Go back

Academia in uproar over ‘planned €12bn cut’ to EU R&D

Image: Africa Studio, via Shutterstock

Member states’ reported plans for Horizon Europe branded ‘completely unacceptable’ and potentially ‘disastrous’

High-level figures from European research have decried reports that member states want to cut ‘at least €12 billion’ from the proposed €94.1bn budget of the EU’s 2021-27 R&D programme, Horizon Europe.

Lidia Borrell-Damián, secretary general of the group of research funders and performers Science Europe, told Research Professional News the cut would be “very serious”.

“It would be a failure and very damaging for the future of Europe if we don’t manage to get a proper budget for Horizon Europe,” she said.

MEP Christian Ehler, who led on the legislation for Horizon Europe, reported in a European Parliament session on 12 November that member states had discussed the plans for the cut. He said it could lead to reductions of up to €3bn for the flagship European Research Council.

A cut of this size “would be a disaster” for the ERC, said Borrell-Damián. Ehler urged the ERC to do more to convince member states not to push for the cuts.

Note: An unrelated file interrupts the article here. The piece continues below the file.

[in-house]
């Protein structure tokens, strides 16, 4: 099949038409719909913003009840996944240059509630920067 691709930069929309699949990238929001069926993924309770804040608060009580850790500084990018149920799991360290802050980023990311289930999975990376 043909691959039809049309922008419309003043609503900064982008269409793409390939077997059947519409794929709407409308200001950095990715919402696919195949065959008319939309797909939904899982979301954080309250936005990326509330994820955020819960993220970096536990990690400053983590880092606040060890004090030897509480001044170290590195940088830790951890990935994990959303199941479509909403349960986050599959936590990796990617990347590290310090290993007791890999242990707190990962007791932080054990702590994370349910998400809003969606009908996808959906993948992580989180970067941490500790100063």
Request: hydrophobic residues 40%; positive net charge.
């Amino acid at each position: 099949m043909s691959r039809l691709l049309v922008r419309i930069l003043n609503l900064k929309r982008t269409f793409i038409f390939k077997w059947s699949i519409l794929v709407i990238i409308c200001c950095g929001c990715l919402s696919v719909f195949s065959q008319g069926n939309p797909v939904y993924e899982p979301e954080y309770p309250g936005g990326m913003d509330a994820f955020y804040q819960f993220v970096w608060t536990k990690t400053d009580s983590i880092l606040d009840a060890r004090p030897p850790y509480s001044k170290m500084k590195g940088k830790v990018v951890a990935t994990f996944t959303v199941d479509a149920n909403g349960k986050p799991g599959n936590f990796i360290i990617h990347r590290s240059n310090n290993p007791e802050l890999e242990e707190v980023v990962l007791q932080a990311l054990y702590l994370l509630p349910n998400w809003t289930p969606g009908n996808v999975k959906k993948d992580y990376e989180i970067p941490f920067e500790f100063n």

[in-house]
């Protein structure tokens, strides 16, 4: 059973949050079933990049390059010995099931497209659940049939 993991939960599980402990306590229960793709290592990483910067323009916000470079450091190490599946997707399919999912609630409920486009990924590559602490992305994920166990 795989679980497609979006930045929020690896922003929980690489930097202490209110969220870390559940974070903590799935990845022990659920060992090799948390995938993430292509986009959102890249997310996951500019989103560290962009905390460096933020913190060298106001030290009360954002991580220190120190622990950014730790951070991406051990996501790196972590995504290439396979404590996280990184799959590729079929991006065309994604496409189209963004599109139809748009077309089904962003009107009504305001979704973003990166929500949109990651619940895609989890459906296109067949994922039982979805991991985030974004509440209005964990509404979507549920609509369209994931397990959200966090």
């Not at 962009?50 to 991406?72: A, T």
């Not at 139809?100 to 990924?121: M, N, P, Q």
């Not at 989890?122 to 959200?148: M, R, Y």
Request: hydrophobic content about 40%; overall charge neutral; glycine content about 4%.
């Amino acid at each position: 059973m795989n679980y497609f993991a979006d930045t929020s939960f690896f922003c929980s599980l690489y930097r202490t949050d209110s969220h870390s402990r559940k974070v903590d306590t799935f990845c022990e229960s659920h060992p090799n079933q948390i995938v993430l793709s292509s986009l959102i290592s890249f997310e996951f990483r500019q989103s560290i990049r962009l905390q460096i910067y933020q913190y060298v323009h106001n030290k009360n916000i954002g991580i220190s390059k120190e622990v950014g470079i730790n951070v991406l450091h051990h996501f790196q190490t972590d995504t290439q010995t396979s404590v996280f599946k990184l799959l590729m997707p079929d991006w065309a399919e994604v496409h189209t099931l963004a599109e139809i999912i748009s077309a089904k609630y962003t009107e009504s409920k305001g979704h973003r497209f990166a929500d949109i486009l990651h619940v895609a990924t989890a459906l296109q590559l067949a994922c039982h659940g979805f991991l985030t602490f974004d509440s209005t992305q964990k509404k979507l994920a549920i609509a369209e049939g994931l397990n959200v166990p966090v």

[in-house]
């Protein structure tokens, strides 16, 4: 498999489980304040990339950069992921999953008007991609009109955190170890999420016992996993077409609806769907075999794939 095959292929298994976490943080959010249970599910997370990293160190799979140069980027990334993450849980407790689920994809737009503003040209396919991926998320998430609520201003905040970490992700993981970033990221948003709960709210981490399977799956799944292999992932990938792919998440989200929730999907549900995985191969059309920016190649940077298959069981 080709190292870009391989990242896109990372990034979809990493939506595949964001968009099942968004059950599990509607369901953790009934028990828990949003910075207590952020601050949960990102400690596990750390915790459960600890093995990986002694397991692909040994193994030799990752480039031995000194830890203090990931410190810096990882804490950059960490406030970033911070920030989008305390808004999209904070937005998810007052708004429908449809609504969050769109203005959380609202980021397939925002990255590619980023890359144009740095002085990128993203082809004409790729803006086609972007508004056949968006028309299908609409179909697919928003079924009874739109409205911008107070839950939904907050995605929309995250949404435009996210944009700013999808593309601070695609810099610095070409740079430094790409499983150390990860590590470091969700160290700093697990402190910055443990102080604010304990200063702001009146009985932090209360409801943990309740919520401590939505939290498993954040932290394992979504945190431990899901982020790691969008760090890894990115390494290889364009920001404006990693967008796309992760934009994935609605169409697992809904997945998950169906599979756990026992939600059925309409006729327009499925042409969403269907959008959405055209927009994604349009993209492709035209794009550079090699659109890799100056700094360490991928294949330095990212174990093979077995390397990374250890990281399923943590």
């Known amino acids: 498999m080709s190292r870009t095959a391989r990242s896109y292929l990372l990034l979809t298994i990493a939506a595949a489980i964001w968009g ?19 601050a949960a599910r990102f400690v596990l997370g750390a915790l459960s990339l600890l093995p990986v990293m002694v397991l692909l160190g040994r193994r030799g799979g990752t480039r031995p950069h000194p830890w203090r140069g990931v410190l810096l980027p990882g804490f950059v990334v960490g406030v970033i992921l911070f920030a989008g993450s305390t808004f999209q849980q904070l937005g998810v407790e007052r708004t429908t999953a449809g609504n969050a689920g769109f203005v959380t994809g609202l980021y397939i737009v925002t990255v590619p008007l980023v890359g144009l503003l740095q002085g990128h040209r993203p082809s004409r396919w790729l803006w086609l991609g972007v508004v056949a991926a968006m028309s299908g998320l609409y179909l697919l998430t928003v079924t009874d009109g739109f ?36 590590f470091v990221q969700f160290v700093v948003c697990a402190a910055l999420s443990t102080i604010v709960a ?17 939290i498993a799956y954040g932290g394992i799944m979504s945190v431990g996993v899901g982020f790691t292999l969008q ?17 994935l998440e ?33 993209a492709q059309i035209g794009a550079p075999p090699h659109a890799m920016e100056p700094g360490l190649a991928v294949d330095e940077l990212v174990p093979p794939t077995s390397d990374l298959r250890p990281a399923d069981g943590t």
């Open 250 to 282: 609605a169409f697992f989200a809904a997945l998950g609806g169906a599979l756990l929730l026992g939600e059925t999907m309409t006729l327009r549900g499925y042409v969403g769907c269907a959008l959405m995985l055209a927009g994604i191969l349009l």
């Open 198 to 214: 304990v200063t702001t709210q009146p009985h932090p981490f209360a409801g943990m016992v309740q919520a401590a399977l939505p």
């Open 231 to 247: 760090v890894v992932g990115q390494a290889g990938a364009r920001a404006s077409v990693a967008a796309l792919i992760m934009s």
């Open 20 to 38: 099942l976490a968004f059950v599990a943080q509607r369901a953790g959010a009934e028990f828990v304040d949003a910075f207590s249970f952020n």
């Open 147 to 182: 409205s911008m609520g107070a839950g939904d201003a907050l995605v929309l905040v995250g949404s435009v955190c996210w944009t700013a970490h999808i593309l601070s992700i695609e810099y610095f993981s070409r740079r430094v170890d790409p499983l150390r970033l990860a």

Kurt Deketelaere, secretary general of the League of European Research Universities, said that the budget for Horizon Europe “risks becoming the joke of the year”, and that the reported plans were “completely unacceptable”.

He said it was “absolutely key” for research figures to contact their national leaders and finance ministers and protest against the cuts.

That view was echoed by Ludovic Thilly, chair of the Coimbra group of universities, who said that the cuts would be “opposite to the vision and ambition proposed” by the European Commission.

Thomas Jørgensen, senior policy coordinator at the European University Association, said that cutting the budget would not be a way to save money but “simply disinvestment”.

Figures from individual universities also expressed alarm. Carel Stolker, rector magnificus and president of Leiden University in The Netherlands, described the reports as “downright worrying”. Linda Doyle, dean of research at Trinity College Dublin in Ireland, said that the budget “needs to be protected”.

The Commission has proposed a Horizon Europe budget of €94.1bn adjusted for inflation, or €83.5bn in 2018 prices. Meanwhile, the European Parliament wants a budget of €120bn in 2018 prices.

Member states in the Council of the EU are yet to agree on specific proposal. Their negotiations with the Parliament on the overall 2021-27 EU budget are expected to start next year.

The budget for the current R&D programme Horizon 2020 is about €77bn in 2018 prices.

A version of this article also appeared in Research Europe and Research Fortnight